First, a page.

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We briefly added these measures, but after thinking it over we've decided to disable them.

From a technical standpoint they're a fig leaf. This isn't a complex server-side app, it's a minimal UI on top of the JSON results Facebook returns for these searches: http://graph.facebook.com/search?q=control+urges&type=po... . This is frankly the least scary use of this data. For example, it would be trivial to start crawling this data and building your own indices to enable far more invasive searches.

Our goal is to draw attention to this so that people become outraged and Facebook changes their privacy settings. The security community has been having this conversation for a while (more info: http://en.wikipedia.org/wiki/Full_disclosure ) and the only reason not to disclose a security or privacy problem is to give the company involved time and resources to fix the system.

This is not the case here. Facebook made this privacy-affecting change quite deliberately, and I think it's clear that they did so with full knowledge of the implications. If there is not an outcry, this will not be fixed. Right now, from Facebook's perspective, the system is working as intended. The longer it stays this way the worse the privacy breach becomes.

Our goal is to draw attention to this so that people become outraged and Facebook changes their privacy settings.

Your link to your project is the most fascinating thread I have seen on HN since the thread about how HN was hacked, one of the all-time top karma submissions. But, amazingly, after playing around with your tool for about half the three hours that have elapsed since you posted it, I'm LESS worried about Facebook than I was before. Pretty much since I joined Facebook I have been posting links (including yours today) to my profile about Facebook privacy. Among my circle of Facebook friends, it is cool to have carefully considered privacy settings, and to be circumspect in what to post online. I have good conversations about interesting links on my profile and on my feed (much like HN), and didn't turn up ANYTHING by searching on my own name, my son's name, keywords strongly associated with my friends' interests, or anything else likely to turn up something we wrote out of turn. Now I'm actually beginning to trust Facebook privacy settings again--at least for smart users--after using your tool and the new Give Me My Data app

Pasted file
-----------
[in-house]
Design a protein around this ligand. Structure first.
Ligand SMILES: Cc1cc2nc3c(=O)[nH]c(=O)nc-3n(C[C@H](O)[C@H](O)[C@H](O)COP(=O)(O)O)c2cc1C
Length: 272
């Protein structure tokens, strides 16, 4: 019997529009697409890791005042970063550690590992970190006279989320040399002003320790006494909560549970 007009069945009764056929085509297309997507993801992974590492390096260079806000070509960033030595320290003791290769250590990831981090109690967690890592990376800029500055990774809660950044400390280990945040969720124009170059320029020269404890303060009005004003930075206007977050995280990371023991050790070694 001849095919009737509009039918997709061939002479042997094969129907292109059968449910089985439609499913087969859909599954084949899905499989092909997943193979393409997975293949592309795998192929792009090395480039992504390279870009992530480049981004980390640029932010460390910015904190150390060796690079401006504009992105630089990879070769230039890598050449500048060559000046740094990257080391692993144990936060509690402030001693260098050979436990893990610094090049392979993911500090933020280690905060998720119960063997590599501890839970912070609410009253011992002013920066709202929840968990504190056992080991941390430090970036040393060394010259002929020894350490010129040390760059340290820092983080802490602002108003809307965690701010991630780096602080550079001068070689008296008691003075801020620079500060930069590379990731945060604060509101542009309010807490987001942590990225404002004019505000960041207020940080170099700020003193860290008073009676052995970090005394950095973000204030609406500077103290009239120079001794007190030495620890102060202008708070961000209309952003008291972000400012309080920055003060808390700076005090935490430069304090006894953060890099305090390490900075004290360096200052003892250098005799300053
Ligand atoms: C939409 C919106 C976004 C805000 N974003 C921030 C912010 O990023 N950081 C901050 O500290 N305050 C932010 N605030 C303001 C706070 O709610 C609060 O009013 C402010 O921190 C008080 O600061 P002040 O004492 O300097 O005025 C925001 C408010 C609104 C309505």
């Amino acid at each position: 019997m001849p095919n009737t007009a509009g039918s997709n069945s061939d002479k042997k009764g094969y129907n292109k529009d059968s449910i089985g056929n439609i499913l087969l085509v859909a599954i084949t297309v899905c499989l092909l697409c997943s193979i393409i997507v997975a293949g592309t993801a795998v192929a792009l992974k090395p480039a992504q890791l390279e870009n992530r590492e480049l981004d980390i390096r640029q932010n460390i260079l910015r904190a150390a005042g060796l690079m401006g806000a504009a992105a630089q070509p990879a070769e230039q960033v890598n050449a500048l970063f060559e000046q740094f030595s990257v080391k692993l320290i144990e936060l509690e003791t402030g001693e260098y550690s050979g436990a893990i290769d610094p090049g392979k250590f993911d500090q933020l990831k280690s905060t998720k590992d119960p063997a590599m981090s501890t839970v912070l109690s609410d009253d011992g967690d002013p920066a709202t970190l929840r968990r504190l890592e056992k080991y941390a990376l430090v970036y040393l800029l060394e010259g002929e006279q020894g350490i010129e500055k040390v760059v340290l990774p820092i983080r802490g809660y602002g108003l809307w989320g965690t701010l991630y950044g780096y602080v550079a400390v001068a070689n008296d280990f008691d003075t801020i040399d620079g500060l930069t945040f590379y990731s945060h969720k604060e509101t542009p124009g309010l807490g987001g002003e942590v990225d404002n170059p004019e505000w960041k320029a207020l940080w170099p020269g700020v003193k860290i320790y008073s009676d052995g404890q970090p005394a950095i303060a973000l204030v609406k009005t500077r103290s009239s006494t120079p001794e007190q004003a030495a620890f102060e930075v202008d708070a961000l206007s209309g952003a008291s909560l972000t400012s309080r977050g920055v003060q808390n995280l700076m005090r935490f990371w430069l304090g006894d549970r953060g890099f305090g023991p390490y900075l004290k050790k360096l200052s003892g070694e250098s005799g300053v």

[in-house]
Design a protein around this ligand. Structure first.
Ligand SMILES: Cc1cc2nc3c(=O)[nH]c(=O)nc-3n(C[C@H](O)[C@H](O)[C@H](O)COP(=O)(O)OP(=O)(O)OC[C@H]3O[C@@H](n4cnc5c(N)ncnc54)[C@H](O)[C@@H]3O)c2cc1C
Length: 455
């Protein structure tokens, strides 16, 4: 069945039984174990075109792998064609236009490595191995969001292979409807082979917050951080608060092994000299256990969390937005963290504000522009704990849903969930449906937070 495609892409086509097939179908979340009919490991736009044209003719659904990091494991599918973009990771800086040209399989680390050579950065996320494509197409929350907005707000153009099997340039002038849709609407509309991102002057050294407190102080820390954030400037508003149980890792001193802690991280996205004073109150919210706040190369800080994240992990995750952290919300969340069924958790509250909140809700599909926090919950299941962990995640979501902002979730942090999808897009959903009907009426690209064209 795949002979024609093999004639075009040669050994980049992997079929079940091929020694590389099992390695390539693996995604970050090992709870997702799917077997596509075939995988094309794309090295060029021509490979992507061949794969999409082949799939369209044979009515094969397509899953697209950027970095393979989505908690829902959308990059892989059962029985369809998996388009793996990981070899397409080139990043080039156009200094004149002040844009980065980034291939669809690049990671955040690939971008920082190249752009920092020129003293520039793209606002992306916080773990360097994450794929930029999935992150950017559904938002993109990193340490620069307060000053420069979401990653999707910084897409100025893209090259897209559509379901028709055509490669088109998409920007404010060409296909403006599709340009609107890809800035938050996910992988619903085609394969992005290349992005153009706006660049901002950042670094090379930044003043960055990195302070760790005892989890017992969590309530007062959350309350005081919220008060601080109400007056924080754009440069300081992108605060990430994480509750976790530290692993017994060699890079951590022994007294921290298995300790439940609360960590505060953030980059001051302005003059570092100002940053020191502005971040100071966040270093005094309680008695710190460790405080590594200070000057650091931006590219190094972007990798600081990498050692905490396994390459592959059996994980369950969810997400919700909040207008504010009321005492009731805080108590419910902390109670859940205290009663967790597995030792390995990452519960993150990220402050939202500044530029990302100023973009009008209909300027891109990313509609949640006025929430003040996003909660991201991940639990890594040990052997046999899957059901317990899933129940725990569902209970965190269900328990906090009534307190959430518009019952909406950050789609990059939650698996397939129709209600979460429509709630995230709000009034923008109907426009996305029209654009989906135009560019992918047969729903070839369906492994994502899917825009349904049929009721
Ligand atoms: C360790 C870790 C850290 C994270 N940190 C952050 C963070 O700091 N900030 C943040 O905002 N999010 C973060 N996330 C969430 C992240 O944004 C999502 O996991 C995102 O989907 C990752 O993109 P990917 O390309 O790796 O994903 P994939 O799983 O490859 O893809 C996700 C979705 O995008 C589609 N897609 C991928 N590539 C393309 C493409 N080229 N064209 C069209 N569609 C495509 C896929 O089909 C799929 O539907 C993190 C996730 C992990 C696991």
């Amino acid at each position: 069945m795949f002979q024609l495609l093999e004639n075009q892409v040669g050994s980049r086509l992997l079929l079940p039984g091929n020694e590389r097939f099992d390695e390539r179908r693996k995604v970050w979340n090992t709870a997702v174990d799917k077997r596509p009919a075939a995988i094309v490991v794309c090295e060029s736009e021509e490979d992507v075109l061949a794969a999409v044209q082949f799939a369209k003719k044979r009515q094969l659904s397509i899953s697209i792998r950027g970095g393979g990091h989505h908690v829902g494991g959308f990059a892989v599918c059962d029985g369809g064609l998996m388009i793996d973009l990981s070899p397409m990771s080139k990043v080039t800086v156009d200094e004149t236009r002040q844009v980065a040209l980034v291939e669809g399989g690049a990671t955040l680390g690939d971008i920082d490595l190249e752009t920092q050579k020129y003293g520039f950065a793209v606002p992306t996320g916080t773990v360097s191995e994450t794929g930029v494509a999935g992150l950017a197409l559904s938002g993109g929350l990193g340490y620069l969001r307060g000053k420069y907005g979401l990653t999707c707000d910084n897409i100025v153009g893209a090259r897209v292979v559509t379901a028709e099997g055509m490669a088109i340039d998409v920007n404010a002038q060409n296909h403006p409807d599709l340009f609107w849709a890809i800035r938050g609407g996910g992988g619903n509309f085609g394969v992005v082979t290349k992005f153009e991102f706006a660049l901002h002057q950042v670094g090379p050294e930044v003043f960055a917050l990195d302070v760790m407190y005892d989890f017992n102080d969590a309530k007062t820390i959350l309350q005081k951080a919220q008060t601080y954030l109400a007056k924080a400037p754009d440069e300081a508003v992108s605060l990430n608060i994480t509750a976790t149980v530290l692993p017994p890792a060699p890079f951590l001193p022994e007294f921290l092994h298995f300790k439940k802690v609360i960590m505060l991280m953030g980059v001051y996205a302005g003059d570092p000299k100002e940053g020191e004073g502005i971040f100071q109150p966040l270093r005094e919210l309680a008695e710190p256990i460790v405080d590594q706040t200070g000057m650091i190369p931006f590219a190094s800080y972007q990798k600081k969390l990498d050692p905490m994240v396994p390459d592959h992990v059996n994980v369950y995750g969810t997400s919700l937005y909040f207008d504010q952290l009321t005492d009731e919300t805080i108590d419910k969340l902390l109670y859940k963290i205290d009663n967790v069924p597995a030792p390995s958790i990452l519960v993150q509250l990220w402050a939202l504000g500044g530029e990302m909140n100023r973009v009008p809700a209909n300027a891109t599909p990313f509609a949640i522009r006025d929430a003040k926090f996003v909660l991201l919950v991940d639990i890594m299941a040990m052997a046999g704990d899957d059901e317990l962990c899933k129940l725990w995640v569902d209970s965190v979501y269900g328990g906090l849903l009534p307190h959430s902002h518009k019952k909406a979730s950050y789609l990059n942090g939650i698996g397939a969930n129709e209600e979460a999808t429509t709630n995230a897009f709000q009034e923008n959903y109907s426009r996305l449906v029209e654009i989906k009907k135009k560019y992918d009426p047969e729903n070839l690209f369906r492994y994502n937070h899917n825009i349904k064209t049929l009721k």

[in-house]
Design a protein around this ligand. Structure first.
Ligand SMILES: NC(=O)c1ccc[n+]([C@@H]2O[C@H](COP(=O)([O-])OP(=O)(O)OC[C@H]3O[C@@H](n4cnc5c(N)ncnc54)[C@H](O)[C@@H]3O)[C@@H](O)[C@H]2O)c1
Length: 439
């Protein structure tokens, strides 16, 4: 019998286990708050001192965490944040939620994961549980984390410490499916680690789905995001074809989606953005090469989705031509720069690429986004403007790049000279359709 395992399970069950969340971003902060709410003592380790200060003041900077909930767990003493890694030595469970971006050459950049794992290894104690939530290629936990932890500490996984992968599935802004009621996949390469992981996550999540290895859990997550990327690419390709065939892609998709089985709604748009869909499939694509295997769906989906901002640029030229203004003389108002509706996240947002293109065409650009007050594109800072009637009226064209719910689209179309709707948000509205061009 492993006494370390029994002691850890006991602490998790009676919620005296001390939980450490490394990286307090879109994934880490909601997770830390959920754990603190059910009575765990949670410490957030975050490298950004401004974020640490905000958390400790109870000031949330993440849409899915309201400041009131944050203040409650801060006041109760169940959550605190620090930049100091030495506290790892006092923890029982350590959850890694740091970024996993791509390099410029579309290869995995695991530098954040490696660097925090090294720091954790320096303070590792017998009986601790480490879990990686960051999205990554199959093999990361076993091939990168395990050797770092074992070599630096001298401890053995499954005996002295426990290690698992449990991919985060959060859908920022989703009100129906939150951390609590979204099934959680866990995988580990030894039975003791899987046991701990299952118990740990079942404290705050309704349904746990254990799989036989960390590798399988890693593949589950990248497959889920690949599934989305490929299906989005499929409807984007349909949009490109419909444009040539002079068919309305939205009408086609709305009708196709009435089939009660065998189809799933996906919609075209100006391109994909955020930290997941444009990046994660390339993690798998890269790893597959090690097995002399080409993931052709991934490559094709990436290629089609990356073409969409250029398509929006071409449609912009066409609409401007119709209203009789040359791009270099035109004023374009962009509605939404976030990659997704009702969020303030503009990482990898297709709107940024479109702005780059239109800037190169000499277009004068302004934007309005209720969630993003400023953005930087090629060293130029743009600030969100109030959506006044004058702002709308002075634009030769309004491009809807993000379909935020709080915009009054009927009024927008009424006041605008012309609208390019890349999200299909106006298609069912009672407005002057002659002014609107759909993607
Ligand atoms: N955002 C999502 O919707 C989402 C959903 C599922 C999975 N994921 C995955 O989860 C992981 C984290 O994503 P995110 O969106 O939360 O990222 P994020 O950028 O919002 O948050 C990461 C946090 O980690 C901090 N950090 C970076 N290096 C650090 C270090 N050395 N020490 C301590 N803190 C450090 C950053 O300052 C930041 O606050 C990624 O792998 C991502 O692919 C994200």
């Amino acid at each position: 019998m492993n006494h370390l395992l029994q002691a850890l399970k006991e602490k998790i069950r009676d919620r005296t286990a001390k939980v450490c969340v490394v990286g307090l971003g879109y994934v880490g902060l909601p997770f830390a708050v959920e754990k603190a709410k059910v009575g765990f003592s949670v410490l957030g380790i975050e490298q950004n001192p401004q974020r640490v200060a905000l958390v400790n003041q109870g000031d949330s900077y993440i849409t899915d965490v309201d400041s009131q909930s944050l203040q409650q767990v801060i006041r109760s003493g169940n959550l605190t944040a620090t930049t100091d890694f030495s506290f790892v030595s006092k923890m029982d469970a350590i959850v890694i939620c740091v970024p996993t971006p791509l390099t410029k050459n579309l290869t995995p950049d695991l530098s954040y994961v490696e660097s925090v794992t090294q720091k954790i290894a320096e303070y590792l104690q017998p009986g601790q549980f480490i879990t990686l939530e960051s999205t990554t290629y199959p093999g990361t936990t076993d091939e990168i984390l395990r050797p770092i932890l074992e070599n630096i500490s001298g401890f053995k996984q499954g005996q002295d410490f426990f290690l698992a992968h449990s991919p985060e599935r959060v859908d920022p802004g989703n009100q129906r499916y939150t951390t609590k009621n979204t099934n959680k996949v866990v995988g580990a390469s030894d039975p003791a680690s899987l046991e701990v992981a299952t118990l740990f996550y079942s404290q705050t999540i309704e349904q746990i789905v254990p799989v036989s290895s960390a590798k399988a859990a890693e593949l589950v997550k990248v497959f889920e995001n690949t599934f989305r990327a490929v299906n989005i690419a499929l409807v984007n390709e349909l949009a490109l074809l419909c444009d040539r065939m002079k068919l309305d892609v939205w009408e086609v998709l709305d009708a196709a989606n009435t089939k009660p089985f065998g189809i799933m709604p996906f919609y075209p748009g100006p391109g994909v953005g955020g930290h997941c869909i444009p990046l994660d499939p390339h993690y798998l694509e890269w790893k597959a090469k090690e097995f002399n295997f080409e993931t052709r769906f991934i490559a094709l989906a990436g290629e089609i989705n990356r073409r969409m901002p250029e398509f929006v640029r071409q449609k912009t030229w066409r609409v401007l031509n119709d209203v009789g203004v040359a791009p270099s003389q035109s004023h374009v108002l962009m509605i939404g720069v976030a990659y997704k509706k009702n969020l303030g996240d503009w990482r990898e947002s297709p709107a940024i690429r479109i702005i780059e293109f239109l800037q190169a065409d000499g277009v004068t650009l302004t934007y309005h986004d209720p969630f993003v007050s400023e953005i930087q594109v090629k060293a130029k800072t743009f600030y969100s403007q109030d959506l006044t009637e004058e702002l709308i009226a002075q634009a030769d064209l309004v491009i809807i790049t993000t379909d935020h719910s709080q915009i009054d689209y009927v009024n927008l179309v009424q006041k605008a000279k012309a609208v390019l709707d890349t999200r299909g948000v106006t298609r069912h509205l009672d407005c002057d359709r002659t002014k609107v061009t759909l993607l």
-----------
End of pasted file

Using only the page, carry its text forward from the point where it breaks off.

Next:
to see what can be seen about me on Facebook.

Great work to make such an interesting tool. And, yes, putting the "rectal surgery" example on your webpage is funny and gets the point across very well.

Here's an example of the fig leaf in action: http://willmoffat.github.com/FacebookSearch/?q=HIV%20test...

We decided the redactions reduce the impact without actually offering any privacy at all. (That's up to Facebook and the users).

"Full disclosure" is a discussion about the ethics of publishing an exploit. Publishing exploits is customarily done in a descriptive manner -- I've never seen it done by publicly sharing the spoils of using that exploit.

Did you try publicizing it without the full identifying data available and measuring the response? Did you consider a strategy of escalating outrageousness, instead of going straight for this course of action?

What about automatically contacting the affected users first, and attempt to rouse them to action?

I'm sorry to be so harsh in a public forum, but when someone takes it upon himself to say that the affected lives are going to suffer for a good cause, then he'd better accompany the resulting campaign with a very thorough -- and thoroughly-vetted -- piece of argument explaining exactly why the ethical balance is in his favor. Two guys deciding they'd get more pageviews by going with plan A, and leaving the moral debate for blog commenters after the fact is not a thorough vetting.

There were already numerous forces at play which could potentially result in FB getting things straight. Your app won't have accomplished anything that wouldn't otherwise have been accomplished, except perhaps to cause a few more people to suffer.

> What about automatically contacting the affected users first, and attempt to rouse them to action?

You mean contacting 98% of facebook's users?!?

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